Nahual (MH509r)

Nahual (MH509r)
Simplex Glyph

Glyph or Iconographic Image Description: 

This black-line drawing of the simplex glyph for the personal name Nahual (short for nahualli, a shape-shifting animal spirit that a person would acquire). The animal in this glyph resembles a worm or a caterpillar. It is seemingly tubular, with a curve to it. It is segmented, striped, and has some shading.

Description, Credit: 

Stephanie Wood

Added Analysis: 

Another example of this conceptual glyph in the Matrícula de Huexotzinco also has what may be a worm with a war shield at the front of it.

Nahuales were perceived as "form-changing shamans" (in the words of James Maffie, 2013, 39), sometimes taking on the attributes or abilities of animals, such as a jaguar, and becoming that creature as a "temporary incarnation of cosmic reality" (Maffie, 40, citing Raymond Fogelson). The term nahualli can refer to the shamanic power of transformation or it can refer to the being into which the shaman transforms, such as an animal, according to James Maffie (Aztec Philosophy, 2014, 38.)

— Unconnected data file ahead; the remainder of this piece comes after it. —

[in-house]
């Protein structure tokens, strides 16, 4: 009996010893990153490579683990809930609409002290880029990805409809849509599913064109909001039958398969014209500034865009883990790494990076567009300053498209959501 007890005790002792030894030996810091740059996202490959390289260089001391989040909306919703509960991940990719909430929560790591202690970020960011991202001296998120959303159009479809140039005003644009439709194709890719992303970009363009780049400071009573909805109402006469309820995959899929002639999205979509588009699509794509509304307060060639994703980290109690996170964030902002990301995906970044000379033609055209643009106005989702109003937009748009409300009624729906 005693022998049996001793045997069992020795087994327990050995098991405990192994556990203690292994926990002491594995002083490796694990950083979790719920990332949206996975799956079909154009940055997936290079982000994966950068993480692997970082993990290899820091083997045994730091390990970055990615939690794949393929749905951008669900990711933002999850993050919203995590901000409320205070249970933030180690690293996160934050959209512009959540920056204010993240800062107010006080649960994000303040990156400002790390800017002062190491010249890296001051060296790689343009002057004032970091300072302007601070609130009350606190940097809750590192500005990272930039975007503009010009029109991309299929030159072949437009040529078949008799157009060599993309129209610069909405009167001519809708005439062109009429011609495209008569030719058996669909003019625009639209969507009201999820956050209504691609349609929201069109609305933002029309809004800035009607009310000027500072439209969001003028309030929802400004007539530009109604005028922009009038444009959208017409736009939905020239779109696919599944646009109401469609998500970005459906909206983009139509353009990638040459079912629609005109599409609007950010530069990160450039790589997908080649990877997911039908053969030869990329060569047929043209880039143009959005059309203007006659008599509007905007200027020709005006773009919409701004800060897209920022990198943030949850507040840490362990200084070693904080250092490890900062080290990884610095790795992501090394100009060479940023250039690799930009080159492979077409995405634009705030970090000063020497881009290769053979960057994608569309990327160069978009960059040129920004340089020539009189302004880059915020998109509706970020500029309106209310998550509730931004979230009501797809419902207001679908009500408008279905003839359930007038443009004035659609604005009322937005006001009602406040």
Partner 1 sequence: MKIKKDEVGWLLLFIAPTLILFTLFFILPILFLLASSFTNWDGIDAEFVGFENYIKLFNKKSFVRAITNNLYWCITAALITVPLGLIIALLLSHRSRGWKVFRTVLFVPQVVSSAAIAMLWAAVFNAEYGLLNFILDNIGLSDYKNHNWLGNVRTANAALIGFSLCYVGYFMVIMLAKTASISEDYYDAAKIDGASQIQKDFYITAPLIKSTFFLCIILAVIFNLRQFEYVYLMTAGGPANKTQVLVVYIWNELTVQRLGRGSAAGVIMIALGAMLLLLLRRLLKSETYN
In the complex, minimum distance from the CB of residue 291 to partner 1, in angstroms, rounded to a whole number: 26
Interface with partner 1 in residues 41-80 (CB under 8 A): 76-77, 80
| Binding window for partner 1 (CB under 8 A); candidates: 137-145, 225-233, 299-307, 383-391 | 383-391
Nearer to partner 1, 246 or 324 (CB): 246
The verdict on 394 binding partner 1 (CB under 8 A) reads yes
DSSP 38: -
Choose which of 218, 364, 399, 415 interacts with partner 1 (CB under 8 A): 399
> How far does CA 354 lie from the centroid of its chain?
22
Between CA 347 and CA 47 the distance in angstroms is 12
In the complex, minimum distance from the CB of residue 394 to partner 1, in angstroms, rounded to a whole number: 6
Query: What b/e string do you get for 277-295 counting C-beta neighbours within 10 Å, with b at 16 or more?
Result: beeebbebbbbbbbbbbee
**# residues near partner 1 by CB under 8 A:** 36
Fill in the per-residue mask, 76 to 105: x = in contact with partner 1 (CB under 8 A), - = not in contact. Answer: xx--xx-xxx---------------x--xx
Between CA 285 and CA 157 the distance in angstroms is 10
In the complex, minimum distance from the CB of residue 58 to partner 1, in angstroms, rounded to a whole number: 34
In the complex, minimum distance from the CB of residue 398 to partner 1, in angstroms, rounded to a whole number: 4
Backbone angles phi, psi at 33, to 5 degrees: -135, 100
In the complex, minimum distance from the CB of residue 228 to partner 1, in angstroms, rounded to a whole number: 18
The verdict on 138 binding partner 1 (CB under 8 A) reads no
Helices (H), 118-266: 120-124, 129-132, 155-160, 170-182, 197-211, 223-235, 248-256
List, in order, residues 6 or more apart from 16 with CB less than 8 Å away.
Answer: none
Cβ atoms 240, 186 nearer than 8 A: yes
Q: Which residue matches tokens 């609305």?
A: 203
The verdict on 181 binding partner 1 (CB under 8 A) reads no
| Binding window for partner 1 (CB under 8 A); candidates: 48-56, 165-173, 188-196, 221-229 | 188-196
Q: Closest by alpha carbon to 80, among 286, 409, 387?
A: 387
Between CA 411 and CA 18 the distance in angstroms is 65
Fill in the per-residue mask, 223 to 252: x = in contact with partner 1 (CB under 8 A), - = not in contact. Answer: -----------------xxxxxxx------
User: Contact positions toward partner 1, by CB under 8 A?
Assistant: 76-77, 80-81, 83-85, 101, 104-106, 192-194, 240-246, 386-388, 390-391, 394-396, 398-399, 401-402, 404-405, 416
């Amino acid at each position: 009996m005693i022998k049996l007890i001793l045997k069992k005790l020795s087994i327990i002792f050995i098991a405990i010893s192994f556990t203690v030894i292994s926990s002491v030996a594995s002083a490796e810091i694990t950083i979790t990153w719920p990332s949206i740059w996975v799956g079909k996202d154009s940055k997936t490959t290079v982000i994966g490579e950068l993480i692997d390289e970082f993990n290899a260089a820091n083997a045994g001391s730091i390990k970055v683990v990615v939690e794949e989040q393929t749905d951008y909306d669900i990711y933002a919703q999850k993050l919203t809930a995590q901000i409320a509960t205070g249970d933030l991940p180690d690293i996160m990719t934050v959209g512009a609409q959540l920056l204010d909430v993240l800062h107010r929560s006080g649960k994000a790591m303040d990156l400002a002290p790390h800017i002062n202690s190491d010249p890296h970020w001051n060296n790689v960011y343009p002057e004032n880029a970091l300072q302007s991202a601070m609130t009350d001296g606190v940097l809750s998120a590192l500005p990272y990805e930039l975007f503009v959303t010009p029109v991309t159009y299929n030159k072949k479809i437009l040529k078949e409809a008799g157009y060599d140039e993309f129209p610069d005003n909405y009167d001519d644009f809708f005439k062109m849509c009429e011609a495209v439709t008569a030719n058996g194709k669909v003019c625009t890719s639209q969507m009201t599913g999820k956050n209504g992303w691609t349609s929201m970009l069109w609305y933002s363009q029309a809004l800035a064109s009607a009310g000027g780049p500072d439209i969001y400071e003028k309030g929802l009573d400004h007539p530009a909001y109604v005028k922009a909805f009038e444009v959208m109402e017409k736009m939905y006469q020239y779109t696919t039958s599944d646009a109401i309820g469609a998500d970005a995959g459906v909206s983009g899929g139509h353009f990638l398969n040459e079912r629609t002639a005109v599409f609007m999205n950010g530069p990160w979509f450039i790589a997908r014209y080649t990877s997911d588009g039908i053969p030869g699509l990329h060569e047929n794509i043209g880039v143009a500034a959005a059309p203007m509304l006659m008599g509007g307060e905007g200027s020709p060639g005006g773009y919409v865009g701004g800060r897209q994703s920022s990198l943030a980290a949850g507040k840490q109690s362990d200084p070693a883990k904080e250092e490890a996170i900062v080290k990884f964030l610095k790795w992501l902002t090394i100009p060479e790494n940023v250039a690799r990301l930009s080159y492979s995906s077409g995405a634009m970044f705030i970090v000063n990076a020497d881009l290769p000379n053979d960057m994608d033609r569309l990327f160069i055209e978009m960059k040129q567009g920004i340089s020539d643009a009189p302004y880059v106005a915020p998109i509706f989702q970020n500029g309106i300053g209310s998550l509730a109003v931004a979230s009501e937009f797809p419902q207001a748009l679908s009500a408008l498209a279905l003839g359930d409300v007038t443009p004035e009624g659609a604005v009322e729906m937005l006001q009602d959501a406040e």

Gloss Image: 
Gloss Diplomatic Transcription: 


Gloss Normalization: 

Diego Nahual

Gloss Analysis, Credit: 

Stephanie Wood

Date of Manuscript: 


Creator's Location (and place coverage): 

Huejotzingo, Puebla, Mexico

Semantic Categories: 
Cultural Content, Credit: 

Jeff Hasket-Wood


nahuales, idiomas, lenguaje

Glyph or Iconographic Image: 
Relevant Nahuatl Dictionary Word(s): 
Glyph/Icon Name, Spanish Translation: 

El Nahual

Spanish Translation, Credit: 

Stephanie Wood

Image Source: 

Matrícula de Huexotzinco, folio 509r, World Digital Library,

Image Source, Rights: 

This manuscript is hosted by the Library of Congress and the World Digital Library; used here with the Creative Commons, “Attribution-NonCommercial-ShareAlike 3.0 License” (CC-BY-NC-SAq 3.0).

Historical Contextualizing Image: